Theories and Ideas in Education
ED253, Department of Education and Psychology
Dr Konai Helu Thaman
University of the South Pacific
PO Box 1168
Welcome to ED253. This is a new course, offered for the first time in 1994. Students taking this course should have satisfactorily completed ED151 (Human Development) and ED153 (Education and Society). If you have not done these, you should withdraw from ED253.
Underlying Assumptions: The following assumptions are made in respect of the content and organisation of ED253:
1. That "education" is defined differently by different people: in other words, people hold different ideas/theories about "education."
2. That Pacific island cultures, before the coming of the Europeans, had their own notions/ideas of "education," some of which, with modifications, still exist today. Educators (including teachers) must understand these ideas if they are going to be working with Pacific island students/people;
3. That formal education (schooling) as we know it today, was introduced to PICs by early Europeans in the nineteenth century; this (Western) form of education has its own history, and ideas associated with it evolved in Europe over many centuries. Pacific island educators need to understand the history of and the different theories associated with formal education, many of which have influences to a greater or lesser degree, the way we think about education in the Pacific islands.
Course Organisation and Rationale
The first part of the course will be devoted to the study of vernacular/indigenous educational ideas and will be, where possible, based on anthropological and conceptual analysis of Pacific and other vernacular/indigenous cultures and languages. Case studies from the Pacific and abroad will be used to enhance students' own knowledge and understanding of their own indigenous education systems.
Western educational theorists/ideas, from Plato to the present, would form the rest of the course. This section would be divided into three parts: the traditionalists (e.g. Plato & Aristotle); the progressives (e.g. Rousseau and Dewey); and more recent theorists.
The final part of the course will examine the professional role of the educator/teacher and how ideas from the first two sections of the course impact upon teaching. Finally it is hoped that students would begin to theorize about their own education based on what they have learned in the course.
Although a multidisciplinary approach will be taken throughout, it is assumed that the psychological and sociological foundations of (modern) education would have been adequately dealt within ED151 and ED153 respectively. Consequently ED253 would take a more historical and philosophical approach to the themes to be examined.
1. To develop among students, knowledge and appreciation of their own (indigenous) cultures' notions of and beliefs about education.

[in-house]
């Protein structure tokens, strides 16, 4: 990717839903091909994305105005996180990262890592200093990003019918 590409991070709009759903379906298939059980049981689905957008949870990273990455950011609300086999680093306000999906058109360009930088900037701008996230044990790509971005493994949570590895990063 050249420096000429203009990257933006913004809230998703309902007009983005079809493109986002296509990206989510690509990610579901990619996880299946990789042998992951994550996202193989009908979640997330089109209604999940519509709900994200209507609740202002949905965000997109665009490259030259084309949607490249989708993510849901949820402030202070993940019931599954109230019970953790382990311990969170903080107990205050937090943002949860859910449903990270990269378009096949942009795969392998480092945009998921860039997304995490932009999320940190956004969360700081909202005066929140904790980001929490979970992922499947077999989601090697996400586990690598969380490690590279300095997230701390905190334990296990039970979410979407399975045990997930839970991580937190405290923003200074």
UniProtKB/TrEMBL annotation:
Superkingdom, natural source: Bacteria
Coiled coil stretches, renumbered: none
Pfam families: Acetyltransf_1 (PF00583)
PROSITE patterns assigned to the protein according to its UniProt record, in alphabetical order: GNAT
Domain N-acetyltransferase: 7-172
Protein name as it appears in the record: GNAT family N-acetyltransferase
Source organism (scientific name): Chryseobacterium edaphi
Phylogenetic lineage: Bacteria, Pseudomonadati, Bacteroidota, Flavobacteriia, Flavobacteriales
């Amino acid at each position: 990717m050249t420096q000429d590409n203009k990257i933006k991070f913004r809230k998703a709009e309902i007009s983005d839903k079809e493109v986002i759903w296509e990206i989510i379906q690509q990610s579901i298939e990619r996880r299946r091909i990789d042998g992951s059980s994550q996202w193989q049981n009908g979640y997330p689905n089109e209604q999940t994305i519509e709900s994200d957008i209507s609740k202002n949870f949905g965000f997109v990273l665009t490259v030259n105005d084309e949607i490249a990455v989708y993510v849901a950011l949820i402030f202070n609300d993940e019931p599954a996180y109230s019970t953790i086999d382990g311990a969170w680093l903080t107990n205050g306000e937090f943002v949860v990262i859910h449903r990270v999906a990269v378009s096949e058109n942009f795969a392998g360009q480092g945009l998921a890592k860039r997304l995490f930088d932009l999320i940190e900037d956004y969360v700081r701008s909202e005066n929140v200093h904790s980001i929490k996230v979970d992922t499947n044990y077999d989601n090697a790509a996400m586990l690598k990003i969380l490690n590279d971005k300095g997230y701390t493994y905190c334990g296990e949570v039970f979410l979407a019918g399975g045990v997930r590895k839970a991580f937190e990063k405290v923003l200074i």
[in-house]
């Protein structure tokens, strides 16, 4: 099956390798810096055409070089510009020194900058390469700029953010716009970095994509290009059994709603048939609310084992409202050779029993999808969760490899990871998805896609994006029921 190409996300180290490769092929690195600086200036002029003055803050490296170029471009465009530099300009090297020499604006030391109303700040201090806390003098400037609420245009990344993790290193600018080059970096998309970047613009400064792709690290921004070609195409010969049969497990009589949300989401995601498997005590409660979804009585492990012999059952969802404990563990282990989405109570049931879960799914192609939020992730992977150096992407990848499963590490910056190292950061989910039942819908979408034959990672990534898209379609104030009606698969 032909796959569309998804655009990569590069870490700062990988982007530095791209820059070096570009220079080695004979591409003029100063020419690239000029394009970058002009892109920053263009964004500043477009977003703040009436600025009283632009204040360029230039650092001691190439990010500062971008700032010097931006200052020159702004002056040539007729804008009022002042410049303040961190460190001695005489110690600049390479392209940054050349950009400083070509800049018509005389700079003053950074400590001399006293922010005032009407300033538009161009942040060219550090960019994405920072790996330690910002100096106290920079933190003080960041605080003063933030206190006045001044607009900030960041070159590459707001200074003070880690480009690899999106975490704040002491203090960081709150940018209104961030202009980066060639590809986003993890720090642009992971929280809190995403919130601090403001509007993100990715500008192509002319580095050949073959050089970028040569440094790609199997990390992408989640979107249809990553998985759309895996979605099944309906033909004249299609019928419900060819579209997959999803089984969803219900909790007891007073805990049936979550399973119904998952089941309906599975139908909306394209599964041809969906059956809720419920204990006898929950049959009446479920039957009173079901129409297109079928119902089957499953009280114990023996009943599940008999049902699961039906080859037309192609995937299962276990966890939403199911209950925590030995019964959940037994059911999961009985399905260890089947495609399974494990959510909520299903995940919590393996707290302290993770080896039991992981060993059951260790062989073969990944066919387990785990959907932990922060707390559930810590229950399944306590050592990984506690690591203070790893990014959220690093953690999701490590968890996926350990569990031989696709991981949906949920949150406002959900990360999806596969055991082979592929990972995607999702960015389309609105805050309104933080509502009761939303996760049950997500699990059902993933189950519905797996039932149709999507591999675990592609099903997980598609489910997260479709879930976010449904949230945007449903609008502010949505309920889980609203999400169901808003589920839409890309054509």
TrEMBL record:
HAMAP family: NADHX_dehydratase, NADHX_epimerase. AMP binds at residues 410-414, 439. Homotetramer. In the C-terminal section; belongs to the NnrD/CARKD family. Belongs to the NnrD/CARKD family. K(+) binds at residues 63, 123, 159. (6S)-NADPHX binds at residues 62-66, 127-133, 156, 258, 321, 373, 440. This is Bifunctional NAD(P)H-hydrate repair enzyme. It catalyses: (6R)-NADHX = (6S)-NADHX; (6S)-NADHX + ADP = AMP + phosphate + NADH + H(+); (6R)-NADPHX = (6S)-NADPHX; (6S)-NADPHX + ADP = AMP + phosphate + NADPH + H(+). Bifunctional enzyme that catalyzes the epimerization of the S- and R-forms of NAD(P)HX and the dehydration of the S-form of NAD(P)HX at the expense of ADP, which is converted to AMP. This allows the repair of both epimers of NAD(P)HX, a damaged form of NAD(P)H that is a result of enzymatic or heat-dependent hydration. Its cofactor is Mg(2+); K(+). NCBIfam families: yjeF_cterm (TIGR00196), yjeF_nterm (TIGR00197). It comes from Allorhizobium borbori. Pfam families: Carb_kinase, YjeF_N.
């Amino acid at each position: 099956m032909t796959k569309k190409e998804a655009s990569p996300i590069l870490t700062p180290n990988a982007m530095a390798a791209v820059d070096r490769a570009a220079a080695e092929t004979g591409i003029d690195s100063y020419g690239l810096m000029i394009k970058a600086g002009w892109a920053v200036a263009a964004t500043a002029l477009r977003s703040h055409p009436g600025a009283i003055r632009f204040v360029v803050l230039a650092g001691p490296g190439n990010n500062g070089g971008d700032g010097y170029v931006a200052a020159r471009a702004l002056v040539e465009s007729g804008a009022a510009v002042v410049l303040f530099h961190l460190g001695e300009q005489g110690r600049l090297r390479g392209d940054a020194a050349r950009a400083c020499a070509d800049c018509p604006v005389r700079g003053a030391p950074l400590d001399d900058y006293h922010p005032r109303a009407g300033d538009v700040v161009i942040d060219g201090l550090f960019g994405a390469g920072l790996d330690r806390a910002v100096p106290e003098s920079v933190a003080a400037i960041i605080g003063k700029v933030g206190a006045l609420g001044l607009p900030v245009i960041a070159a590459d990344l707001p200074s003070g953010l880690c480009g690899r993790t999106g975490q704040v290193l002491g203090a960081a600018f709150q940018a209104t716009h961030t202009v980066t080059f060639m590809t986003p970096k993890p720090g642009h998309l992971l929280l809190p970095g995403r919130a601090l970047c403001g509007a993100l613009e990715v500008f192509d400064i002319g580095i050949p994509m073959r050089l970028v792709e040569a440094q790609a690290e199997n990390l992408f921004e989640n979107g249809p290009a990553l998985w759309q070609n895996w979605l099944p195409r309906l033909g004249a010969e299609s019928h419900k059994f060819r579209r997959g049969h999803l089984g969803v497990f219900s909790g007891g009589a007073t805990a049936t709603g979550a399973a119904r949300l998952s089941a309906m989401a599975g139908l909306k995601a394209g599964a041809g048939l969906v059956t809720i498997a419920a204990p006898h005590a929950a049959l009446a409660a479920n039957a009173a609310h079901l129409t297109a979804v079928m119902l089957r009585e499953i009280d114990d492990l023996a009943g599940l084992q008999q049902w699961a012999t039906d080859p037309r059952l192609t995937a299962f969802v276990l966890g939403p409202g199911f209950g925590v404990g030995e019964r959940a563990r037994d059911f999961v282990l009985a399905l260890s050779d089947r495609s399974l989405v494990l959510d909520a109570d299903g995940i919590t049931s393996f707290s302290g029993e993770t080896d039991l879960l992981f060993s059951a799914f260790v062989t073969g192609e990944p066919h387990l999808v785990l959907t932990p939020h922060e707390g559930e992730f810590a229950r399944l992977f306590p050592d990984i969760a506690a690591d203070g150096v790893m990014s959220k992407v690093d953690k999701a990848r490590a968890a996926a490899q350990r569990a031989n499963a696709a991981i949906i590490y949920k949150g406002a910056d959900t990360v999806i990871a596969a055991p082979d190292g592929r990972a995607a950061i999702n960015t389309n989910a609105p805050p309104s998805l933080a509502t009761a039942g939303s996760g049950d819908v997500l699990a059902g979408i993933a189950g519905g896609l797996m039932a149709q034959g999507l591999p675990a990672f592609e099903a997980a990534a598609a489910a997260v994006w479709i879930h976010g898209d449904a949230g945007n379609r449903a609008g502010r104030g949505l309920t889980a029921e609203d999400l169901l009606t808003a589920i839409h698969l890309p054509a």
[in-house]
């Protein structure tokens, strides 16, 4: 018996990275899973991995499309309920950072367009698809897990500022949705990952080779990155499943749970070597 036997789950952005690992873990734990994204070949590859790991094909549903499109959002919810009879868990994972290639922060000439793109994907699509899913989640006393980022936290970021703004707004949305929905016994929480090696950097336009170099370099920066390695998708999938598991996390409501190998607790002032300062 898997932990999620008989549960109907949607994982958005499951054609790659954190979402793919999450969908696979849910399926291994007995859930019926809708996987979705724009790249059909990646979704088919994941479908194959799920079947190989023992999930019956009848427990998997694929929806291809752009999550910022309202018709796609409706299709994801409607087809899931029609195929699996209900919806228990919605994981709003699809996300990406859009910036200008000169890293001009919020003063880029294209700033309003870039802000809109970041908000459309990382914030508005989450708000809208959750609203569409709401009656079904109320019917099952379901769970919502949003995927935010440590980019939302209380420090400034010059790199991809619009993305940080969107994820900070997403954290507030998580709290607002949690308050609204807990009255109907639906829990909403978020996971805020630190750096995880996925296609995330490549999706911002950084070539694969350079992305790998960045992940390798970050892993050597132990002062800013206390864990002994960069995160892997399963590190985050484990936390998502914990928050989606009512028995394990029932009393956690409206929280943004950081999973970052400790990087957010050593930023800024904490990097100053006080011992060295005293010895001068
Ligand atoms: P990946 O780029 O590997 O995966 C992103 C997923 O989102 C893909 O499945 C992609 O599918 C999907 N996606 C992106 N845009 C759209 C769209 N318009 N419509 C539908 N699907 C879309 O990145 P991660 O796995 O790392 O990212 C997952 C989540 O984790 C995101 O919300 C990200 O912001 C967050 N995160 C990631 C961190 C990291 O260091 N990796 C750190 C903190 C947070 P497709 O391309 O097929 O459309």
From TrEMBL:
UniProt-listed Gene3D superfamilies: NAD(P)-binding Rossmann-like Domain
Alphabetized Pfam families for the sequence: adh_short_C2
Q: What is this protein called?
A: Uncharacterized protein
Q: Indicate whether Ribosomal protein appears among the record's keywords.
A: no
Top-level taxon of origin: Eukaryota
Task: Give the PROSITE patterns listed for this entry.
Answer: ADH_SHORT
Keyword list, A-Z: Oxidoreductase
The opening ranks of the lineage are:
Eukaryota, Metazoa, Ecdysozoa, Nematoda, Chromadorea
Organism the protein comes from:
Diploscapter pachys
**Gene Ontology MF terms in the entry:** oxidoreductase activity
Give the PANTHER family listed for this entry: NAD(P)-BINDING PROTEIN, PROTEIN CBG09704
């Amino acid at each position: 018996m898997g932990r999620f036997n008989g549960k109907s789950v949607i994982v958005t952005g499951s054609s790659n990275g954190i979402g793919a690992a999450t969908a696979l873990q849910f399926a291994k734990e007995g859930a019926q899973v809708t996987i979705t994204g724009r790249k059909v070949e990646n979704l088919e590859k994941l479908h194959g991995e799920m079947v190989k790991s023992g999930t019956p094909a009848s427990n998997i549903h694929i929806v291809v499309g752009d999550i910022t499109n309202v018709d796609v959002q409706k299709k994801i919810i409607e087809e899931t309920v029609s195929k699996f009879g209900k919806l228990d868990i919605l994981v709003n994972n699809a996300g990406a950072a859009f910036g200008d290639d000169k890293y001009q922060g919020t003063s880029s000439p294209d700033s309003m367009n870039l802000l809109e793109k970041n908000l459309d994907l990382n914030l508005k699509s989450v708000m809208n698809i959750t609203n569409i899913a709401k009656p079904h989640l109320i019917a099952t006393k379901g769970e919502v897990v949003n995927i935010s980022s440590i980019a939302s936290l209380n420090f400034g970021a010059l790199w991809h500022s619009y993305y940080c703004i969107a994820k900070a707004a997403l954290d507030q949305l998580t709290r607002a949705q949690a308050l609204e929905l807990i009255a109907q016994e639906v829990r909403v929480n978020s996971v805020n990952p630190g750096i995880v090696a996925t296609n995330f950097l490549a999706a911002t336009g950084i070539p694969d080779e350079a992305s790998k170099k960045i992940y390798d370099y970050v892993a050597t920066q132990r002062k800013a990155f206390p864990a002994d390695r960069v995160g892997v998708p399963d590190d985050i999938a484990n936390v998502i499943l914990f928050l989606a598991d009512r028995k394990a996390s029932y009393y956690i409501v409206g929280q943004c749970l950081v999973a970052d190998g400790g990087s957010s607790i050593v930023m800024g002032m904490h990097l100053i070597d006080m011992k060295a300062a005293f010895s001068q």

2. To develop among students, knowledge and appreciation of the history and traditions of modern (Western) education.
3. To help students develop their own theories of education based on their knowledge of and experiences in a synthesis of traditional and modern ideas.
Coursework: 50% of final grade consisting of:
Final Examination: 50% of final grade. Minimum mark of 16 out of 50 (or 40%) is required for passing the course.
a. Sutherland, M. Theory of Education, 1988.
b. Collection of Readings. Students will be expected to purchase this in order to cover photocopying costs.
Lecture Times: Mon 11-12; Thur. 12-1
Tutorials: Tues 3-4; Thur. 1-2, Fri. 10-11
SELECT ONE OF THE FOLLOWING TOPICS:
1. VERNACULAR EDUCATIONAL IDEAS
a. Identify the main ideas of your home/vernacular culture. You may do this by trying to examine the words or terms that commonly used to refer to concepts such as learning, teaching, knowledge, wisdom, education, training, etc (5 points)
b. For each of the above coucepts or ideas, say whether the context(s) in which the term is used has anything to do with worthwhile learning (i.e, whether it is educational); and also, what the term implies, or assume. See Thaman's article on Tongan notions of education for an example of what to do (8 points).
c (What do you consider to be the main differences between the educational ideas you have described for your vernacular culture and that of school (formal) education (7 points).
2. EDUCATIONAL THINKER
Select an educational thinker that you have studied this semester.
a. Briefly outline his/her home or cultural background (5 points).
b. Describe the main characteristic of his/her educational ideas, paying particular attention to his/her views on learning and teaching (7 points)
c. Critically examine the thinker's ideas and/or theories in terms of this relevance to: i) the home cultures of learners in your country; and, ii) considerations of gender equity in your country (8 points).
Projects must preferably be typed on A 4 paper. Approx. length - 4-5 pages. All projects are expected to be completed by the due date; later projects may not be marked.
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